3 Strangers in an Airport Bar: A Story of Frankfurt Christmas Travel Delays


The German departures board flashed “CANCELED” in bright yellow next to my Detroit-bound Lufthansa flight. My shoulders dropped. A night in the Frankfort airport seemed inevitable. Great. Making it home for Christmas was my top priority, but weather had other plans so I threw my hands up in exasperation and adjusted to the adventure.

A lanky tall German airport official ushered me to the back of a re-ticketing line that stretched around the airport terminal, through a set of doorways and down a long flight of stairs. It moved at a sluggish pace.

“Where are you going tonight?” he asked, in a thick German accent.

“Are flights going out tonight? I’ll go anywhere in America,” I said. “Seriously, send me to San Francisco, Texas, D.C. New York, just get me stateside and I can figure it out from there.” I heard my voice, pleading to get home.

He and several others around us chuckled. “I think, my dear,” as he patted his wretched clipboard on my shoulder, “flights to America are all gone. Perhaps tomorrow you can fly, but for now, how about a bottle of water?” He motioned to a food cart lady. She circled the line every half hour or so, handing out water and snacks. An hour later I had moved only 20 feet and collected a small pile of granola bar wrappers.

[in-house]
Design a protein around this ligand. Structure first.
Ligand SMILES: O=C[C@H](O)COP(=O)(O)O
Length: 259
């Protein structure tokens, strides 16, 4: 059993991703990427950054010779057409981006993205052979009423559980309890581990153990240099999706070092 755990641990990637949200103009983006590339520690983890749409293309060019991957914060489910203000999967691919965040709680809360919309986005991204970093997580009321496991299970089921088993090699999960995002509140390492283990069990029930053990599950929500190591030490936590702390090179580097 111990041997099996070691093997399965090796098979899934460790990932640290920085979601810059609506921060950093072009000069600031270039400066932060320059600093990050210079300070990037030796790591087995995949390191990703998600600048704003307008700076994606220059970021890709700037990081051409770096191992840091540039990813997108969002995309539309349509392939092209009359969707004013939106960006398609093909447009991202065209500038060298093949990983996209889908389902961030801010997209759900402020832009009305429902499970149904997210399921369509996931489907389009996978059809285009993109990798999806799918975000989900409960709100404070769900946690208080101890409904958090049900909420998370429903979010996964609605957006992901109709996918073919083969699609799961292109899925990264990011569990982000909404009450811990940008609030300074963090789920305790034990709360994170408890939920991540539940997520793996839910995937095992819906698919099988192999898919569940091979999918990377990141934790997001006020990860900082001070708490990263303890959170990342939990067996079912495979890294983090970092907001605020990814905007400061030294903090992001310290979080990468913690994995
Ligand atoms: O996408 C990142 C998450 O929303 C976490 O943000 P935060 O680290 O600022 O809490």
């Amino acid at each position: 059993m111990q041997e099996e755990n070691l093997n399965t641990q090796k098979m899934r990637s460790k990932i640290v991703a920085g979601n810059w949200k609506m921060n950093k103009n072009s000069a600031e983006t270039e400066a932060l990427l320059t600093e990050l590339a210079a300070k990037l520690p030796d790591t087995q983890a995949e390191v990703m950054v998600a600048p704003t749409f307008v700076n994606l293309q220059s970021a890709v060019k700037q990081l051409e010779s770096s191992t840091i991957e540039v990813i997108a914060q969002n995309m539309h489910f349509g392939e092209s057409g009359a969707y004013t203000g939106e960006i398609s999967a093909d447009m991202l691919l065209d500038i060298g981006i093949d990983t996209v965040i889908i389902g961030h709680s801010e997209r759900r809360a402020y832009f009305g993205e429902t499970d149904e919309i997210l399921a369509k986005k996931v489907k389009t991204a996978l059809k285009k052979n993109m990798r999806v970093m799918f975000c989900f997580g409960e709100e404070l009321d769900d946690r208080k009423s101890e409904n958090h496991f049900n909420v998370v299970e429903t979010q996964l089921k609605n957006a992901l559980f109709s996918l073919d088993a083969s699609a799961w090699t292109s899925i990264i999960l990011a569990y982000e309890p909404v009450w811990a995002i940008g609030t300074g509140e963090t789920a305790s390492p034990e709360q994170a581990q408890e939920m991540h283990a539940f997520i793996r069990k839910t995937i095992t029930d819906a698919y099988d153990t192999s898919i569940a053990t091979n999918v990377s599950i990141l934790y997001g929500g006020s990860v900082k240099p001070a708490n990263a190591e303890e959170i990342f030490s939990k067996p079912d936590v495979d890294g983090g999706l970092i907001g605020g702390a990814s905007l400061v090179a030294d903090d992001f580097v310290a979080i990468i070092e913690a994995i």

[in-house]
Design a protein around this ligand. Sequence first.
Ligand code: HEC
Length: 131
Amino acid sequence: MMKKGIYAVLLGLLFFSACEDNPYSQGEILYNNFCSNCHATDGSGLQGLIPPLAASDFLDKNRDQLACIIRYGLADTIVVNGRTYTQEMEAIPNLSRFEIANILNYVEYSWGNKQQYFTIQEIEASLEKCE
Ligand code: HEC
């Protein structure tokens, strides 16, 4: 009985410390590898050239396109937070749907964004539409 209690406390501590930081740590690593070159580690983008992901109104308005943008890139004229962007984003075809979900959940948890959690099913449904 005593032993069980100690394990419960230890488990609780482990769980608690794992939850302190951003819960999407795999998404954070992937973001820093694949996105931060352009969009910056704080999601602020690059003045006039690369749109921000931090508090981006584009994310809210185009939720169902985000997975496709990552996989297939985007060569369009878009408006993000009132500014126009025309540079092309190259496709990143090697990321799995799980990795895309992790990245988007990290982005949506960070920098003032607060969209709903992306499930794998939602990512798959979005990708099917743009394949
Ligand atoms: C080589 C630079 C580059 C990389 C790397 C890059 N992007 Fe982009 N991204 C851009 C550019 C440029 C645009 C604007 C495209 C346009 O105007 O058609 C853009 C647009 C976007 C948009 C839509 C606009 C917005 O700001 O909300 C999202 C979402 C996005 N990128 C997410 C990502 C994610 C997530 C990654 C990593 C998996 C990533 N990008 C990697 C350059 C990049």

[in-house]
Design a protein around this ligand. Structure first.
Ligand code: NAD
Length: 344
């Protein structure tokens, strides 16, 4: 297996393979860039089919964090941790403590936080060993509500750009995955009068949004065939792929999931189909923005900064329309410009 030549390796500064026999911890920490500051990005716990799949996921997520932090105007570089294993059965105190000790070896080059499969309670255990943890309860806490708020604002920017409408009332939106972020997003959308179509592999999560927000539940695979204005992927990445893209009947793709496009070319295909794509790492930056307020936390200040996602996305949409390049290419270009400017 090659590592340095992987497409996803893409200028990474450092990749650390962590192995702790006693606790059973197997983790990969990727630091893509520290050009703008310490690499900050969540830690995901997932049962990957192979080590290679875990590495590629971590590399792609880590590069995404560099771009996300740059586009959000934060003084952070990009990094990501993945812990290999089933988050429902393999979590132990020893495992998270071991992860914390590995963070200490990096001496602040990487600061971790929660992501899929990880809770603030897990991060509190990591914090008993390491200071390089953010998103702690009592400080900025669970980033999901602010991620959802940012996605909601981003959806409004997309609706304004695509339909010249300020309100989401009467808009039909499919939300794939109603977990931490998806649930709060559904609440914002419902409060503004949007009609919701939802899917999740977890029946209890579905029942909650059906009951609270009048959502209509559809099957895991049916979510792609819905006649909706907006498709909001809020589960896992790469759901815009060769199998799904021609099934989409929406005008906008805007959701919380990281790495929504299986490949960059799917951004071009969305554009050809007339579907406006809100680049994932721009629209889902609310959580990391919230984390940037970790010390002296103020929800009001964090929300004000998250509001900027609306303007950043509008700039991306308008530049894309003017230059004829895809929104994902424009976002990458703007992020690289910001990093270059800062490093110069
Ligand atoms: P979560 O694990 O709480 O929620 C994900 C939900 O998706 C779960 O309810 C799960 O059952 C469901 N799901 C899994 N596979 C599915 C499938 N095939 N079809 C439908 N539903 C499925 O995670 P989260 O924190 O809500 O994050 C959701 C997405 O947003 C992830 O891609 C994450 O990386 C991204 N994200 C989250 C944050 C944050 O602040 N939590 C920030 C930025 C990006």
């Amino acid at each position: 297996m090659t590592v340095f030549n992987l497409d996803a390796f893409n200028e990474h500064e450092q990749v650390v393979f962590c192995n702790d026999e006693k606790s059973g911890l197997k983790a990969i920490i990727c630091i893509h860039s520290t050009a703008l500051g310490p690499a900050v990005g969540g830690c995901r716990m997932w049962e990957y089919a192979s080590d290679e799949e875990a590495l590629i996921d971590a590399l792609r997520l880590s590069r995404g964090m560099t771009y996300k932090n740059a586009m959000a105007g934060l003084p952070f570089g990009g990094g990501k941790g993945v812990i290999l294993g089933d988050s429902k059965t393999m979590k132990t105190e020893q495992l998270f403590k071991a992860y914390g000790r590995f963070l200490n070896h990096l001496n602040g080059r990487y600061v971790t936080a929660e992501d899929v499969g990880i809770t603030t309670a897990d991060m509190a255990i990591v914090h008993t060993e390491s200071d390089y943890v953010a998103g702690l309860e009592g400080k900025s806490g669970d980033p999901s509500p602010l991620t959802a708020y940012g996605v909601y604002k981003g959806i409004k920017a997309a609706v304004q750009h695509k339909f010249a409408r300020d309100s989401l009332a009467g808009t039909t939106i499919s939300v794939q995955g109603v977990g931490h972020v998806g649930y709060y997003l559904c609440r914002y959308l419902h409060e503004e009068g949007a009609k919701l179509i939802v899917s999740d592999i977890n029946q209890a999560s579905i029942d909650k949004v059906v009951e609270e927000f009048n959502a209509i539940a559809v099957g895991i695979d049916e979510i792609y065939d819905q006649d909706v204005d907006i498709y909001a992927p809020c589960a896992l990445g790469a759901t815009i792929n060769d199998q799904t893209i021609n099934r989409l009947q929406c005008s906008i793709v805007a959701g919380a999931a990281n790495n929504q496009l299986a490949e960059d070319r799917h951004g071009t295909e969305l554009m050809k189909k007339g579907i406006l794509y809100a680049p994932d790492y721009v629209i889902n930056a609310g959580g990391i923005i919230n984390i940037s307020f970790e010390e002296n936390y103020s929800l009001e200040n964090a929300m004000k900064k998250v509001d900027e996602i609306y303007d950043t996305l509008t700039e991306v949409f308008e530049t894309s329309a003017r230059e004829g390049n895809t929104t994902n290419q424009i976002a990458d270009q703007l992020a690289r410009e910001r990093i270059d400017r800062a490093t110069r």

Three hours later, the line slugged its way into the re-ticketing lounge. I shot straight to the back and  waited for my number #790 to be called. Seven hours later it was my turn to approach the counter. The airline lady smiled wearily and finagled a seat for me on a D.C. flight the next morning. She reprinted my boarding card and assured me the weather would clear in time to fly.

She then gave me a hotel and meal voucher at the Holiday Inn in Frankfort. She squelched my reluctance to take it, convincing me that even though it was already almost midnight, a warm bed, hot shower and a German meal were worth the hassle. She pressed the voucher into my hand. I couldn’t refuse a warm bed, 22 hours sans sleep.

I trudged down to the hotel shuttle area, dragging my bags. The Holiday Inn shuttle driver hurtled down the icy highway, whipping by German back roads saturated in snow drifts. Perhaps I was the last run of the night. He seemed eager to get off work, annoyed at shuttling stranded passengers to and from the airport. He jerked the van to a halt and barked, “Here!”